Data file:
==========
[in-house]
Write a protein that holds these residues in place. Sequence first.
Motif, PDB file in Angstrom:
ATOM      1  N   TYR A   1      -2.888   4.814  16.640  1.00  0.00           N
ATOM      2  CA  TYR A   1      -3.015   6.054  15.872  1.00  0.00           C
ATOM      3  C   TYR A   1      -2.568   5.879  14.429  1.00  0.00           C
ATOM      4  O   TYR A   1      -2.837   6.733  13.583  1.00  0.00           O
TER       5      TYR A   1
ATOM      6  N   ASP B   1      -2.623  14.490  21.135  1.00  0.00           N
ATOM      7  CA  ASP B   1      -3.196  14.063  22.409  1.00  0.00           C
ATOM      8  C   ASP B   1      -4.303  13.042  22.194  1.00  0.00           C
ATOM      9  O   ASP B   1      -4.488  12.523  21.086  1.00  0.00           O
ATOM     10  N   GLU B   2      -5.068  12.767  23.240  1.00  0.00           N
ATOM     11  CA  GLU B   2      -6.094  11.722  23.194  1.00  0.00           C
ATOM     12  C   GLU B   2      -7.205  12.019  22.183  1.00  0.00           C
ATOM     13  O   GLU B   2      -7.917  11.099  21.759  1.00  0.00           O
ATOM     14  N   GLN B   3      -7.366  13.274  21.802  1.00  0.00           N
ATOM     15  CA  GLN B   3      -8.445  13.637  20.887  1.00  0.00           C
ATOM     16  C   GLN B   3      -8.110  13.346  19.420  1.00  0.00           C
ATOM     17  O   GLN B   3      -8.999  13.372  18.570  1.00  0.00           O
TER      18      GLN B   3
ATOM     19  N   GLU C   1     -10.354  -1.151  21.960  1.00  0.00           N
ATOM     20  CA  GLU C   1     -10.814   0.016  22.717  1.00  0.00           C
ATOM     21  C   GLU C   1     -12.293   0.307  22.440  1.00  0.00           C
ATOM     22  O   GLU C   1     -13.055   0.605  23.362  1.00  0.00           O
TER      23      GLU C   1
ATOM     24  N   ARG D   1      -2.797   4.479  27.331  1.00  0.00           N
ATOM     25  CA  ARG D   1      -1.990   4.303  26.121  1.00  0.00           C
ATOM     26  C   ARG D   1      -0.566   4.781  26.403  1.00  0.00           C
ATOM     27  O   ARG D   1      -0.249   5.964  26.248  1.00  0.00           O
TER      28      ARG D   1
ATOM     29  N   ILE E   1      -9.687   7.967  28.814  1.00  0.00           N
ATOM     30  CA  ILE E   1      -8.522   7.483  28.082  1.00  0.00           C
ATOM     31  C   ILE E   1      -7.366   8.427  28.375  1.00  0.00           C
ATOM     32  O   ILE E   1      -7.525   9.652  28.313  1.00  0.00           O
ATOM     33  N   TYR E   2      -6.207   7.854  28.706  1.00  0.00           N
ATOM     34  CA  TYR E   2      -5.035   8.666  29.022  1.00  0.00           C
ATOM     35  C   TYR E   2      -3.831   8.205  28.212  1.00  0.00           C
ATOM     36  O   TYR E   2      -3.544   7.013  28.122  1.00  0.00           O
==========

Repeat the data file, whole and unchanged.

[in-house]
Write a protein that holds these residues in place. Sequence first.
Motif, PDB file in Angstrom:
ATOM      1  N   TYR A   1      -2.888   4.814  16.640  1.00  0.00           N
ATOM      2  CA  TYR A   1      -3.015   6.054  15.872  1.00  0.00           C
ATOM      3  C   TYR A   1      -2.568   5.879  14.429  1.00  0.00           C
ATOM      4  O   TYR A   1      -2.837   6.733  13.583  1.00  0.00           O
TER       5      TYR A   1
ATOM      6  N   ASP B   1      -2.623  14.490  21.135  1.00  0.00           N
ATOM      7  CA  ASP B   1      -3.196  14.063  22.409  1.00  0.00           C
ATOM      8  C   ASP B   1      -4.303  13.042  22.194  1.00  0.00           C
ATOM      9  O   ASP B   1      -4.488  12.523  21.086  1.00  0.00           O
ATOM     10  N   GLU B   2      -5.068  12.767  23.240  1.00  0.00           N
ATOM     11  CA  GLU B   2      -6.094  11.722  23.194  1.00  0.00           C
ATOM     12  C   GLU B   2      -7.205  12.019  22.183  1.00  0.00           C
ATOM     13  O   GLU B   2      -7.917  11.099  21.759  1.00  0.00           O
ATOM     14  N   GLN B   3      -7.366  13.274  21.802  1.00  0.00           N
ATOM     15  CA  GLN B   3      -8.445  13.637  20.887  1.00  0.00           C
ATOM     16  C   GLN B   3      -8.110  13.346  19.420  1.00  0.00           C
ATOM     17  O   GLN B   3      -8.999  13.372  18.570  1.00  0.00           O
TER      18      GLN B   3
ATOM     19  N   GLU C   1     -10.354  -1.151  21.960  1.00  0.00           N
ATOM     20  CA  GLU C   1     -10.814   0.016  22.717  1.00  0.00           C
ATOM     21  C   GLU C   1     -12.293   0.307  22.440  1.00  0.00           C
ATOM     22  O   GLU C   1     -13.055   0.605  23.362  1.00  0.00           O
TER      23      GLU C   1
ATOM     24  N   ARG D   1      -2.797   4.479  27.331  1.00  0.00           N
ATOM     25  CA  ARG D   1      -1.990   4.303  26.121  1.00  0.00           C
ATOM     26  C   ARG D   1      -0.566   4.781  26.403  1.00  0.00           C
ATOM     27  O   ARG D   1      -0.249   5.964  26.248  1.00  0.00           O
TER      28      ARG D   1
ATOM     29  N   ILE E   1      -9.687   7.967  28.814  1.00  0.00           N
ATOM     30  CA  ILE E   1      -8.522   7.483  28.082  1.00  0.00           C
ATOM     31  C   ILE E   1      -7.366   8.427  28.375  1.00  0.00           C
ATOM     32  O   ILE E   1      -7.525   9.652  28.313  1.00  0.00           O
ATOM     33  N   TYR E   2      -6.207   7.854  28.706  1.00  0.00           N
ATOM     34  CA  TYR E   2      -5.035   8.666  29.022  1.00  0.00           C
ATOM     35  C   TYR E   2      -3.831   8.205  28.212  1.00  0.00           C
ATOM     36  O   TYR E   2      -3.544   7.013  28.122  1.00  0.00           O